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Mizoram fights mainland’s retail invasion with localism


Mizos love their local cuisine, attire, church and media. In both Presbyterian north and Baptist south, every diocese has its own newspaper and magazine to which any churchgoer can contribute. The epitome of self-sufficiency is witnessed in food and clothing -every household weaves its own clothes in family handlooms and grows vegetables and fruits in the backyard kitchen garden.

Yet, the Mizos are somewhat lenient when it comes to western fashion. So, while showrooms of Puma, Nike, Adidas and Reebok flourish in business localities Dwarpuii and Chanmari in capital Aizawl, the lone shopping mall ‘Millennium Centre’ in Bara Bazaar hosts a range of western clothes with over 300 shops, mainly targeting the youth. Many of the clothes available are ‘Made in Thailand’, others ‘Made in Bangladesh’.

However, Mizos put a full stop to outsider influence when it comes to the minimum basic necessity – food. So, it was not very surprising for the ordinary Mizo when they found most shops closed in Dwarpuii area on Monday in protest against an upcoming Vishal Mega Mart outlet in Bawngkawn area of the capital. The protesting Mizoram Merchants Association (MIMA) claimed that allowing non-tribal owned retail chains selling vegetables, fruits and food items to open shop in the largely-tribal state would lead to destruction of the self-sufficiency and lead to economic dependence on the outsider.

“Allowing retails chains owned by non-tribals would decimate the self-sufficiency. Where will the retail outlets buy fresh eatables from? Obviously, the local producers. So, in the end, Mizos will buy backyard-grown vegetables and fruits from retail outlets at a higher price. Today, Vishal will begin business, tomorrow many more from mainland India will foray here, thus destroying our self-sufficiency,” said local merchant Muanpuia Sailo, also a member of MIMA.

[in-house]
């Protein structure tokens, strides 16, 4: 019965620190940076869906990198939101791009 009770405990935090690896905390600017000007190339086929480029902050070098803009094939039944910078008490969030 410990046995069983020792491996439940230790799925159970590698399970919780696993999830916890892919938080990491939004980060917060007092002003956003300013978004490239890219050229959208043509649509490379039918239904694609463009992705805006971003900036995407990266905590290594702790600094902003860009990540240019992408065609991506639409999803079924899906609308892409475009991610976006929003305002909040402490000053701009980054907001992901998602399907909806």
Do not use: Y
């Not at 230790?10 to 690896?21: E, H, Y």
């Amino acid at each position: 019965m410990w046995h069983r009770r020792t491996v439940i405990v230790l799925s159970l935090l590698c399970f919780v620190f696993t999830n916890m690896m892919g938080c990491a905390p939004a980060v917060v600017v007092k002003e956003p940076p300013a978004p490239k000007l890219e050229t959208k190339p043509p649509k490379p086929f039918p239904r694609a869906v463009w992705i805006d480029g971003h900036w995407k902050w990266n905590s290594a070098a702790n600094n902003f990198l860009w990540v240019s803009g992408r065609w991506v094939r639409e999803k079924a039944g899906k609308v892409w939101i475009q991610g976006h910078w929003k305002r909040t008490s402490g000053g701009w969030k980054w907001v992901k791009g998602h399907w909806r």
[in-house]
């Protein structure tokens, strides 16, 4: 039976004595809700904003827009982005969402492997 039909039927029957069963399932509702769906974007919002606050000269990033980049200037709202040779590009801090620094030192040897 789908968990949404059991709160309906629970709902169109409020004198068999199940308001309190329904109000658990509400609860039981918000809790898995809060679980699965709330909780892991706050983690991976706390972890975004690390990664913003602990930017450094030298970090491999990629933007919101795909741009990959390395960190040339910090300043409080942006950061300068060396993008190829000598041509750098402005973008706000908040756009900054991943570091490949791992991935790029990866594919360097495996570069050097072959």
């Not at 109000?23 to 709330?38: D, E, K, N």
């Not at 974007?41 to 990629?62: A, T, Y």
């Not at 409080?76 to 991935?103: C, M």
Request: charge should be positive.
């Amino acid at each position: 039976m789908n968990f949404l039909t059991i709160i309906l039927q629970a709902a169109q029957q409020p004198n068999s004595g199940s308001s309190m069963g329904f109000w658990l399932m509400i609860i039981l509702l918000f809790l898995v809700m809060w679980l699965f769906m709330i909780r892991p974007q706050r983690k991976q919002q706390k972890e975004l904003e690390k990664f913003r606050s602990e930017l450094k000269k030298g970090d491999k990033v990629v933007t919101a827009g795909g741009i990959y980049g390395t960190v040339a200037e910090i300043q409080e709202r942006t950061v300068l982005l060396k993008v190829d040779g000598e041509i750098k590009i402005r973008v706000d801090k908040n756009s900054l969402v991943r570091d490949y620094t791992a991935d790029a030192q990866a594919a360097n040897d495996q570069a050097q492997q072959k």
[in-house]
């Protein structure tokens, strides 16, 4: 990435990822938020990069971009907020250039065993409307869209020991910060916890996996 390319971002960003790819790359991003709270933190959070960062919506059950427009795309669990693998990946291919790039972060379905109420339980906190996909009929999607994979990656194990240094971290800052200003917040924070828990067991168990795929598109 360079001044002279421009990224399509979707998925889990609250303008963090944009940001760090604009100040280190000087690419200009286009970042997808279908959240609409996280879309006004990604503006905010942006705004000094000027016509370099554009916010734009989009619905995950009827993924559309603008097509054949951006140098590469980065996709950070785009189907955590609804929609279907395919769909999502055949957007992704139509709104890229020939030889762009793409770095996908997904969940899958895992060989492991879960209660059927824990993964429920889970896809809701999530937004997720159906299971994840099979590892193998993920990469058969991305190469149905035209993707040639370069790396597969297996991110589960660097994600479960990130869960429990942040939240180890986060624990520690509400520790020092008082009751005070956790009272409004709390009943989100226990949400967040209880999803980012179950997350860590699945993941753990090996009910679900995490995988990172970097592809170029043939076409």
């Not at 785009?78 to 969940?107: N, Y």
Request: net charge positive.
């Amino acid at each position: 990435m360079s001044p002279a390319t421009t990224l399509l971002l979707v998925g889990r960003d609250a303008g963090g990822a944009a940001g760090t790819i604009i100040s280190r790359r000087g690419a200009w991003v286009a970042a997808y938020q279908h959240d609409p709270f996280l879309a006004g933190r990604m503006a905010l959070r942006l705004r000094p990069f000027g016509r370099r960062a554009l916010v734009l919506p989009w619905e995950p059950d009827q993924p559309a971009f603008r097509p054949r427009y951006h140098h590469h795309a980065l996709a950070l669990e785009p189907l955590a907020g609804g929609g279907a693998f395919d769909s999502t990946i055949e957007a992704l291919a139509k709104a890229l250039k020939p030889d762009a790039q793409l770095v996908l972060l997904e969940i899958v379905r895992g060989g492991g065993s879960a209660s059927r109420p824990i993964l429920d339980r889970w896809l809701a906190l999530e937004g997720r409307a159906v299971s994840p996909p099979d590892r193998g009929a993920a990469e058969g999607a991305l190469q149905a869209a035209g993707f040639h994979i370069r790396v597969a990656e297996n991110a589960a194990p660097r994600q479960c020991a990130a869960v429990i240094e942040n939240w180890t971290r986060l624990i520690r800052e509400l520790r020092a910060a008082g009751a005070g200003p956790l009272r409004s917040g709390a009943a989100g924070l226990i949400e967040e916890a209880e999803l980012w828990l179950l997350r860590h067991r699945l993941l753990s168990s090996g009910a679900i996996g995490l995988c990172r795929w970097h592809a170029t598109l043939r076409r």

Some of the local merchants have even compared the retail business with the colonial cotton trade with United Kingdom. “The British bought raw cotton from India, made clothes in Manchester and sold them back to India. In this case, India will buy local vegetable produce, and sell them directly to us,” said trader Rengpuii Renthlei.

Fears of the Mizos may not be completely xenophobic. It has been witnessed throughout the world that onslaught of retail outlets selling vegetables and fruits have decimated the small producers and sellers the most. In the Indian mainland, many of the retailers had to shut shop after massive local protests.

“Some of the local vegetable shops in Mizoram run without shopkeepers. Rates are mentioned in every product which the people pay and pick up according to their needs. In a state which is accustomed to such honesty, paying high-rates for homegrown products is an absurdity,” Lalthanpuia Pachuau said.

In a state that has witnessed all pangs of a 20-year-long war with the Indian state – massive collectivisation of villages, disappearances, rapes and even bombing of Aizawl by Indian Air Force ordered by Late Prime Minister Indira Gandhi – Delhi’s control over natural resources comes in all colours, which is why people are even more cautious.

Courtesy: New Indian Exp